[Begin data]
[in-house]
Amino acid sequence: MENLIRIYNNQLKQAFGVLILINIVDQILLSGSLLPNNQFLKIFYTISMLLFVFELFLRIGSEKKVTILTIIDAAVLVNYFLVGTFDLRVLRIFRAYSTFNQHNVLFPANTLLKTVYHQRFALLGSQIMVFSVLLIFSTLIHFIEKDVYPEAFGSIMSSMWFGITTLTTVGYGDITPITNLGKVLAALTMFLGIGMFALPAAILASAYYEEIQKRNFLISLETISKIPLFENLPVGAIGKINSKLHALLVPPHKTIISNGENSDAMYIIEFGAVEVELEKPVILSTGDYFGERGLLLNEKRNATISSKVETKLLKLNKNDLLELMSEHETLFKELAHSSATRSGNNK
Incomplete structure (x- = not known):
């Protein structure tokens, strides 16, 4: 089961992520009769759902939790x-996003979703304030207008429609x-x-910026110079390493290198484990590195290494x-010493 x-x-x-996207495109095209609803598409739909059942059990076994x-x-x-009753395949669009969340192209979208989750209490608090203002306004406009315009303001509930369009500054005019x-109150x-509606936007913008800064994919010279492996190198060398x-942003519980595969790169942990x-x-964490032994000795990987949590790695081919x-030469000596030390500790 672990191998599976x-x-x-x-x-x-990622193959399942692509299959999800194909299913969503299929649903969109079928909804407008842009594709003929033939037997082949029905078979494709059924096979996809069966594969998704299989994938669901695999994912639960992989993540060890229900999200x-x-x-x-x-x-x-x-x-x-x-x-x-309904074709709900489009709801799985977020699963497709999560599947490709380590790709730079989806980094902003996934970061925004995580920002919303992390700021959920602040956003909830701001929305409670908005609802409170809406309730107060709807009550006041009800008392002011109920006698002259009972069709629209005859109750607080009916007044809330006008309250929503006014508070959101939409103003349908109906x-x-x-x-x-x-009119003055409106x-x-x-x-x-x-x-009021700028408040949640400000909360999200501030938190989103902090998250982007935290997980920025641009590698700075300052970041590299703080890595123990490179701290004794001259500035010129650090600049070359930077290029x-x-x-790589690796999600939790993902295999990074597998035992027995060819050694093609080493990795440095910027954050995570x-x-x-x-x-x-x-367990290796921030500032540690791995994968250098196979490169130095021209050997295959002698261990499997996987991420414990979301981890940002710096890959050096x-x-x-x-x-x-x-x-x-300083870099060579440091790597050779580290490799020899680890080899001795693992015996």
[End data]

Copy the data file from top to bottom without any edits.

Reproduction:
[in-house]
Amino acid sequence: MENLIRIYNNQLKQAFGVLILINIVDQILLSGSLLPNNQFLKIFYTISMLLFVFELFLRIGSEKKVTILTIIDAAVLVNYFLVGTFDLRVLRIFRAYSTFNQHNVLFPANTLLKTVYHQRFALLGSQIMVFSVLLIFSTLIHFIEKDVYPEAFGSIMSSMWFGITTLTTVGYGDITPITNLGKVLAALTMFLGIGMFALPAAILASAYYEEIQKRNFLISLETISKIPLFENLPVGAIGKINSKLHALLVPPHKTIISNGENSDAMYIIEFGAVEVELEKPVILSTGDYFGERGLLLNEKRNATISSKVETKLLKLNKNDLLELMSEHETLFKELAHSSATRSGNNK
Incomplete structure (x- = not known):
């Protein structure tokens, strides 16, 4: 089961992520009769759902939790x-996003979703304030207008429609x-x-910026110079390493290198484990590195290494x-010493 x-x-x-996207495109095209609803598409739909059942059990076994x-x-x-009753395949669009969340192209979208989750209490608090203002306004406009315009303001509930369009500054005019x-109150x-509606936007913008800064994919010279492996190198060398x-942003519980595969790169942990x-x-964490032994000795990987949590790695081919x-030469000596030390500790 672990191998599976x-x-x-x-x-x-990622193959399942692509299959999800194909299913969503299929649903969109079928909804407008842009594709003929033939037997082949029905078979494709059924096979996809069966594969998704299989994938669901695999994912639960992989993540060890229900999200x-x-x-x-x-x-x-x-x-x-x-x-x-309904074709709900489009709801799985977020699963497709999560599947490709380590790709730079989806980094902003996934970061925004995580920002919303992390700021959920602040956003909830701001929305409670908005609802409170809406309730107060709807009550006041009800008392002011109920006698002259009972069709629209005859109750607080009916007044809330006008309250929503006014508070959101939409103003349908109906x-x-x-x-x-x-009119003055409106x-x-x-x-x-x-x-009021700028408040949640400000909360999200501030938190989103902090998250982007935290997980920025641009590698700075300052970041590299703080890595123990490179701290004794001259500035010129650090600049070359930077290029x-x-x-790589690796999600939790993902295999990074597998035992027995060819050694093609080493990795440095910027954050995570x-x-x-x-x-x-x-367990290796921030500032540690791995994968250098196979490169130095021209050997295959002698261990499997996987991420414990979301981890940002710096890959050096x-x-x-x-x-x-x-x-x-300083870099060579440091790597050779580290490799020899680890080899001795693992015996």